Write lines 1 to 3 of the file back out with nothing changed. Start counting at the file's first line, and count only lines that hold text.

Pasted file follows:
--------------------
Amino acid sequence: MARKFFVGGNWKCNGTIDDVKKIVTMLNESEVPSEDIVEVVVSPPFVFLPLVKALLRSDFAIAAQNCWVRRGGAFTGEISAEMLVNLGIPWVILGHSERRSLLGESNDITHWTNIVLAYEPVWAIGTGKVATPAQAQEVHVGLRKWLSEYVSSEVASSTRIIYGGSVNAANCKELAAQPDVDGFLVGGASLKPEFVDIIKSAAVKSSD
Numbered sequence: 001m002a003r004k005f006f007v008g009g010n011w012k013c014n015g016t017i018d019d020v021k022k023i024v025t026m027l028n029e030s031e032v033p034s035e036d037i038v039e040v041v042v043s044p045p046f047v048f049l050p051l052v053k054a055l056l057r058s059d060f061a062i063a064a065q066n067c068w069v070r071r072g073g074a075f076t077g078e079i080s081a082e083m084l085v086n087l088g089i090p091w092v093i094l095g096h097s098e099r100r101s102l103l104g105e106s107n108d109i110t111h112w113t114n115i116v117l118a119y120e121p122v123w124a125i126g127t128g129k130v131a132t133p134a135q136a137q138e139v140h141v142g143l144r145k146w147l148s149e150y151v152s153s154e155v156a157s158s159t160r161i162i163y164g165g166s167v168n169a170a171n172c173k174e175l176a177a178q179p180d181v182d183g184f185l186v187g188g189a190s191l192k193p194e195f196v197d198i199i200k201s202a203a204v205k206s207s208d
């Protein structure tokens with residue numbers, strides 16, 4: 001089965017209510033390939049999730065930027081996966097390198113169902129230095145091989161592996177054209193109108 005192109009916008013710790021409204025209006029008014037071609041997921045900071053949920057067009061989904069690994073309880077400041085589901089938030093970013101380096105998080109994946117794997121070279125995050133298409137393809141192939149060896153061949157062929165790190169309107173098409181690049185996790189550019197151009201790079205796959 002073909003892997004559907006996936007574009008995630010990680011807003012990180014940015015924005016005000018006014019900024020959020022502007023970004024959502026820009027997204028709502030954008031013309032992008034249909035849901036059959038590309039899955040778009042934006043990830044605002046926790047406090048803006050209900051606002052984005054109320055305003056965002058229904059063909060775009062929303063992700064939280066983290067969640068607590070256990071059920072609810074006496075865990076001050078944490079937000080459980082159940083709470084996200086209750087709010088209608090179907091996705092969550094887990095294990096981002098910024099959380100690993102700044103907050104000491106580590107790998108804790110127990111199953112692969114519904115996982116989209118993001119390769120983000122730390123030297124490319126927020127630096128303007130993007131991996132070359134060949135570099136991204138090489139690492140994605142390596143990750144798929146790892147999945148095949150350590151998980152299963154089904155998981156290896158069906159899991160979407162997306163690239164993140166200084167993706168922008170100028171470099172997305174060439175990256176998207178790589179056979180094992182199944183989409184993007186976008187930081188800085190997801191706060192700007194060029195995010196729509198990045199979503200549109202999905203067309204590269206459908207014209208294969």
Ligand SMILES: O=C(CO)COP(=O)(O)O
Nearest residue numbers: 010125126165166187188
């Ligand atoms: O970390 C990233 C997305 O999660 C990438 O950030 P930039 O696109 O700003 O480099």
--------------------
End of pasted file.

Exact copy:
Amino acid sequence: MARKFFVGGNWKCNGTIDDVKKIVTMLNESEVPSEDIVEVVVSPPFVFLPLVKALLRSDFAIAAQNCWVRRGGAFTGEISAEMLVNLGIPWVILGHSERRSLLGESNDITHWTNIVLAYEPVWAIGTGKVATPAQAQEVHVGLRKWLSEYVSSEVASSTRIIYGGSVNAANCKELAAQPDVDGFLVGGASLKPEFVDIIKSAAVKSSD
Numbered sequence: 001m002a003r004k005f006f007v008g009g010n011w012k013c014n015g016t017i018d019d020v021k022k023i024v025t026m027l028n029e030s031e032v033p034s035e036d037i038v039e040v041v042v043s044p045p046f047v048f049l050p051l052v053k054a055l056l057r058s059d060f061a062i063a064a065q066n067c068w069v070r071r072g073g074a075f076t077g078e079i080s081a082e083m084l085v086n087l088g089i090p091w092v093i094l095g096h097s098e099r100r101s102l103l104g105e106s107n108d109i110t111h112w113t114n115i116v117l118a119y120e121p122v123w124a125i126g127t128g129k130v131a132t133p134a135q136a137q138e139v140h141v142g143l144r145k146w147l148s149e150y151v152s153s154e155v156a157s158s159t160r161i162i163y164g165g166s167v168n169a170a171n172c173k174e175l176a177a178q179p180d181v182d183g184f185l186v187g188g189a190s191l192k193p194e195f196v197d198i199i200k201s202a203a204v205k206s207s208d
């Protein structure tokens with residue numbers, strides 16, 4: 001089965017209510033390939049999730065930027081996966097390198113169902129230095145091989161592996177054209193109108 005192109009916008013710790021409204025209006029008014037071609041997921045900071053949920057067009061989904069690994073309880077400041085589901089938030093970013101380096105998080109994946117794997121070279125995050133298409137393809141192939149060896153061949157062929165790190169309107173098409181690049185996790189550019197151009201790079205796959 002073909003892997004559907006996936007574009008995630010990680011807003012990180014940015015924005016005000018006014019900024020959020022502007023970004024959502026820009027997204028709502030954008031013309032992008034249909035849901036059959038590309039899955040778009042934006043990830044605002046926790047406090048803006050209900051606002052984005054109320055305003056965002058229904059063909060775009062929303063992700064939280066983290067969640068607590070256990071059920072609810074006496075865990076001050078944490079937000080459980082159940083709470084996200086209750087709010088209608090179907091996705092969550094887990095294990096981002098910024099959380100690993102700044103907050104000491106580590107790998108804790110127990111199953112692969114519904115996982116989209118993001119390769120983000122730390123030297124490319126927020127630096128303007130993007131991996132070359134060949135570099136991204138090489139690492140994605142390596143990750144798929146790892147999945148095949150350590151998980152299963154089904155998981156290896158069906159899991160979407162997306163690239164993140166200084167993706168922008170100028171470099172997305174060439175990256176998207178790589179056979180094992182199944183989409184993007186976008187930081188800085190997801191706060192700007194060029195995010196729509198990045199979503200549109202999905203067309204590269206459908207014209208294969």